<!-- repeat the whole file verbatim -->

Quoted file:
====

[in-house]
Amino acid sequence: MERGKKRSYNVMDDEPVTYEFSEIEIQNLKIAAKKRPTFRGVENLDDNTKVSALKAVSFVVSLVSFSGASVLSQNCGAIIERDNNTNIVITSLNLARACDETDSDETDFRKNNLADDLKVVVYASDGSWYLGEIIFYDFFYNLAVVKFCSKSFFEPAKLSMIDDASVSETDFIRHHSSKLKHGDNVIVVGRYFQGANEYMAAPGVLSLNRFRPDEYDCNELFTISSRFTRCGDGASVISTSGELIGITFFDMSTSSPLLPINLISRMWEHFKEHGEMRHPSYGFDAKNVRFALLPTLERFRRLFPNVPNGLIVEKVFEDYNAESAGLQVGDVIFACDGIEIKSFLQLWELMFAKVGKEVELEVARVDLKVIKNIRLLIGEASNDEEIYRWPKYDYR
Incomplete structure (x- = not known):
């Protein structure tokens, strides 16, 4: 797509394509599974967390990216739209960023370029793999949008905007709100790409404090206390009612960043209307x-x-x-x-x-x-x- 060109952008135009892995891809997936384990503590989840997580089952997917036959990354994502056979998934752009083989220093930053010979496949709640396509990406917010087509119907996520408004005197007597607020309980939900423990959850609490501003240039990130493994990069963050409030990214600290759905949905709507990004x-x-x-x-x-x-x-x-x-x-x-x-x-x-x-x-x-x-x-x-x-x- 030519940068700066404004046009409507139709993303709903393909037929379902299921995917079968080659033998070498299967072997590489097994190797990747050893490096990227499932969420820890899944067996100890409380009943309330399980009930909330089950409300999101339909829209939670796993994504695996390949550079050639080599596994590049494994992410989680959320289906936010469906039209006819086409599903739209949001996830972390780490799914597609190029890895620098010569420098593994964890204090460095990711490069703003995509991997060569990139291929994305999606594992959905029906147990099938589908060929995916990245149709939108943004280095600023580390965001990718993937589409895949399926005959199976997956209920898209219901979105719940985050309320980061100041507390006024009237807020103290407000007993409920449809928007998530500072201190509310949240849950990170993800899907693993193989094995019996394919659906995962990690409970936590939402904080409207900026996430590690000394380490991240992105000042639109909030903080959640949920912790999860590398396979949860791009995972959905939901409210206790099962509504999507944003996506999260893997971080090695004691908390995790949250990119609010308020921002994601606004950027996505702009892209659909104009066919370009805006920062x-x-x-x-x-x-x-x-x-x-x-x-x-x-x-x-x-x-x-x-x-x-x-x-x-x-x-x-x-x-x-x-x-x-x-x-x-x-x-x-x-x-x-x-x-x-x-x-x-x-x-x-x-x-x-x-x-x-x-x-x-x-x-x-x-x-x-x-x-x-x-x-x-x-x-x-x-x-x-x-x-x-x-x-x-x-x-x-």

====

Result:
[in-house]
Amino acid sequence: MERGKKRSYNVMDDEPVTYEFSEIEIQNLKIAAKKRPTFRGVENLDDNTKVSALKAVSFVVSLVSFSGASVLSQNCGAIIERDNNTNIVITSLNLARACDETDSDETDFRKNNLADDLKVVVYASDGSWYLGEIIFYDFFYNLAVVKFCSKSFFEPAKLSMIDDASVSETDFIRHHSSKLKHGDNVIVVGRYFQGANEYMAAPGVLSLNRFRPDEYDCNELFTISSRFTRCGDGASVISTSGELIGITFFDMSTSSPLLPINLISRMWEHFKEHGEMRHPSYGFDAKNVRFALLPTLERFRRLFPNVPNGLIVEKVFEDYNAESAGLQVGDVIFACDGIEIKSFLQLWELMFAKVGKEVELEVARVDLKVIKNIRLLIGEASNDEEIYRWPKYDYR
Incomplete structure (x- = not known):
């Protein structure tokens, strides 16, 4: 797509394509599974967390990216739209960023370029793999949008905007709100790409404090206390009612960043209307x-x-x-x-x-x-x- 060109952008135009892995891809997936384990503590989840997580089952997917036959990354994502056979998934752009083989220093930053010979496949709640396509990406917010087509119907996520408004005197007597607020309980939900423990959850609490501003240039990130493994990069963050409030990214600290759905949905709507990004x-x-x-x-x-x-x-x-x-x-x-x-x-x-x-x-x-x-x-x-x-x- 030519940068700066404004046009409507139709993303709903393909037929379902299921995917079968080659033998070498299967072997590489097994190797990747050893490096990227499932969420820890899944067996100890409380009943309330399980009930909330089950409300999101339909829209939670796993994504695996390949550079050639080599596994590049494994992410989680959320289906936010469906039209006819086409599903739209949001996830972390780490799914597609190029890895620098010569420098593994964890204090460095990711490069703003995509991997060569990139291929994305999606594992959905029906147990099938589908060929995916990245149709939108943004280095600023580390965001990718993937589409895949399926005959199976997956209920898209219901979105719940985050309320980061100041507390006024009237807020103290407000007993409920449809928007998530500072201190509310949240849950990170993800899907693993193989094995019996394919659906995962990690409970936590939402904080409207900026996430590690000394380490991240992105000042639109909030903080959640949920912790999860590398396979949860791009995972959905939901409210206790099962509504999507944003996506999260893997971080090695004691908390995790949250990119609010308020921002994601606004950027996505702009892209659909104009066919370009805006920062x-x-x-x-x-x-x-x-x-x-x-x-x-x-x-x-x-x-x-x-x-x-x-x-x-x-x-x-x-x-x-x-x-x-x-x-x-x-x-x-x-x-x-x-x-x-x-x-x-x-x-x-x-x-x-x-x-x-x-x-x-x-x-x-x-x-x-x-x-x-x-x-x-x-x-x-x-x-x-x-x-x-x-x-x-x-x-x-």